CDC: Life expectancy improves, partly due to decrease in drug overdose deaths
In 2018, American life expectancy increased for the first time in 4 years, data show. Also in 2018, fewer Americans died of drug overdoses than the year before for the first time in more than 20 years.
Robert Anderson, PhD, chief of the Mortality Statistics Branch of the National Center for Health Statistics, explained during a press conference that the increase in life expectancy was partially due to fewer deaths from unintentional injuries, mostly drug overdoses.
In response to these findings, HHS Secretary Alex Azar said in a press release that “this news is a real victory, and it should be a source of encouragement for all Americans who have been committed to connecting people struggling with substance abuse to treatment and recovery.”
Changes in life expectancy
The 0.1-year life expectancy increase between 2017 and 2018 is largely due to decreases in mortality from cancer (30.2% of the positive contribution), unintentional injuries (25.4% of the positive contribution) and chronic lower respiratory diseases (9.3% of the positive contribution), according to a new report from the CDC's National Center for Health Statistics.
“Drug overdose death rates have been increasing over the last several years — it would be hard to miss that headline,” Anderson said. “In 2018, there were 67,367 drug overdose deaths in the United States, that’s 4.1% fewer than in 2017, when it was 70,237.”
The age-adjusted rate of drug overdose deaths in 2018 — 20.7 per 100,000 deaths — was 4.6% lower than in 2017, when the rate was 21.7 per 100,000 deaths, according to the report.
Anderson noted that preliminary data for 2019 show that “the decline doesn’t appear to be continuing into 2019. It appears rather flat and maybe actually increasing a little bit.”
The data further indicate:
- The rate of drug overdose deaths involving synthetic opioids other than methadone (such as fentanyl) in 2018 was 9.9% per 100,000 deaths, up from 9% per 100,000 deaths in 2017.
- The rate of drug overdose deaths involving cocaine more than tripled from 2012 to 2018, from 1.4 per 100,000 deaths to 4.5 per 100,000 deaths.
- The rate for deaths involving psychostimulants with abuse potential (such as methamphetamine) increased nearly fivefold from 2012 to 2018, from 0.8 per 100,000 deaths to 3.9 per 100,000 deaths.
“Our work is far from finished, and there are some disturbing trends, such as rising rates of methamphetamine overdoses,” Azar said in the release. “Using these data and the best science we have, the Trump administration will continue its deep commitment to improving the physical and mental health and well-being of every American.”
Opioid prescribing rates also drop
Other data published in Morbidity and Mortality Weekly Report show that opioid prescribing rates dropped in 11 states — California, Delaware, Florida, Idaho, Kentucky, Louisiana, Maine, Ohio, Texas, Virginia and West Virginia — during 2010 to 2016. These states represent about 38% of the U.S. population, according to researchers.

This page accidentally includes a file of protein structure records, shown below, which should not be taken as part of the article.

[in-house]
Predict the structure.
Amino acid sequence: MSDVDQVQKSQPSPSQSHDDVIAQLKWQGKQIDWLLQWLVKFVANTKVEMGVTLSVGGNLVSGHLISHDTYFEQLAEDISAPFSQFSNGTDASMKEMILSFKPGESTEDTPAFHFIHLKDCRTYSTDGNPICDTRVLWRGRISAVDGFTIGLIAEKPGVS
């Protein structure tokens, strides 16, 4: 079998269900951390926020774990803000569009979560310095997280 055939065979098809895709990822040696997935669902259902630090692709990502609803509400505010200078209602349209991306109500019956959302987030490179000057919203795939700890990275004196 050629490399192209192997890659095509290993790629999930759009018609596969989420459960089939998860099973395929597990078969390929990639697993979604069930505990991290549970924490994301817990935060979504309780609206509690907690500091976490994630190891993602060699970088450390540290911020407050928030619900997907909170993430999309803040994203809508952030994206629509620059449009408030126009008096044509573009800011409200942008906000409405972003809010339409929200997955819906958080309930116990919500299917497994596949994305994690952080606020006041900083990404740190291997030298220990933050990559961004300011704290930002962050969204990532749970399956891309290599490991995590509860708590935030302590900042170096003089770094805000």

Gail K. Strickler, PhD, of the Institute for Behavioral Health, Brandeis University, and colleagues reviewed opioid prescribing rates, mean daily opioid dosages in morphine milligram equivalents, percentage of patients with a high daily dosage of opioids, percentage of opioid-treated days with overlapping Drug Enforcement Administration (DEA) schedules, percentage of opioid-treated days with overlapping benzodiazepine prescriptions and multiple provider episode rates.
The researchers found:
- daily dosage, based on average quarterly percent changes, declined the least (–0.4%) in Idaho and Maine and the most (–1.6%) in Florida;
- percentage of patients with high daily dosage had average quarterly percent changes ranging from –0.4% in Idaho to –2.3% in Louisiana; and
- rates at which a patient used multiple prescribers and pharmacies within specified periods to obtain controlled substances dropped by at least 62% in the seven states with available data.
“The findings in this report indicate encouraging trends in controlled substance prescribing behaviors,” Strickler and colleagues wrote.
They noted that the introduction of a reformulated OxyContin with abuse-deterrent properties as well as the DEA’s rescheduling of hydrocodone combination products from Schedule III to the “more restrictive” Schedule II — both of which occurred during the period studied — might account for the decline. However, it is possible that some individuals who were misusing prescription opioids may have switched to heroin or illicitly manufactured fentanyl, “a change that has made the drug overdose epidemic and associated overdose rates more complex,” they added.
“Because the opioid overdose epidemic began with increased deaths and treatment admissions related to opioid analgesics in the late 1990s, initiatives to address overprescribing might eventually result in fewer persons misusing either prescription or illicit drugs. Reduction in overprescribing opioids might lead ultimately to a decrease in overall overdose deaths,” Strickler and colleagues concluded. – by Janel Miller and Erin Michael
Hedegaard H, et al. Drug overdose deaths in the United States, 1999-2018. NCHS Data Brief.
Kochanek KD, et al. Changes in life expectancy at birth, 2010-2018. NCHS Health E-Stat. 2020.
Strickler GK, et al. MMWR. Morb Mortal Wkly Rep. 2020;69(1):1-6.
Disclosures: Azar is HHS secretary. Strickler and colleagues report no relevant financial disclosures.
*Editor’s note: This story has been updated with new information from the CDC.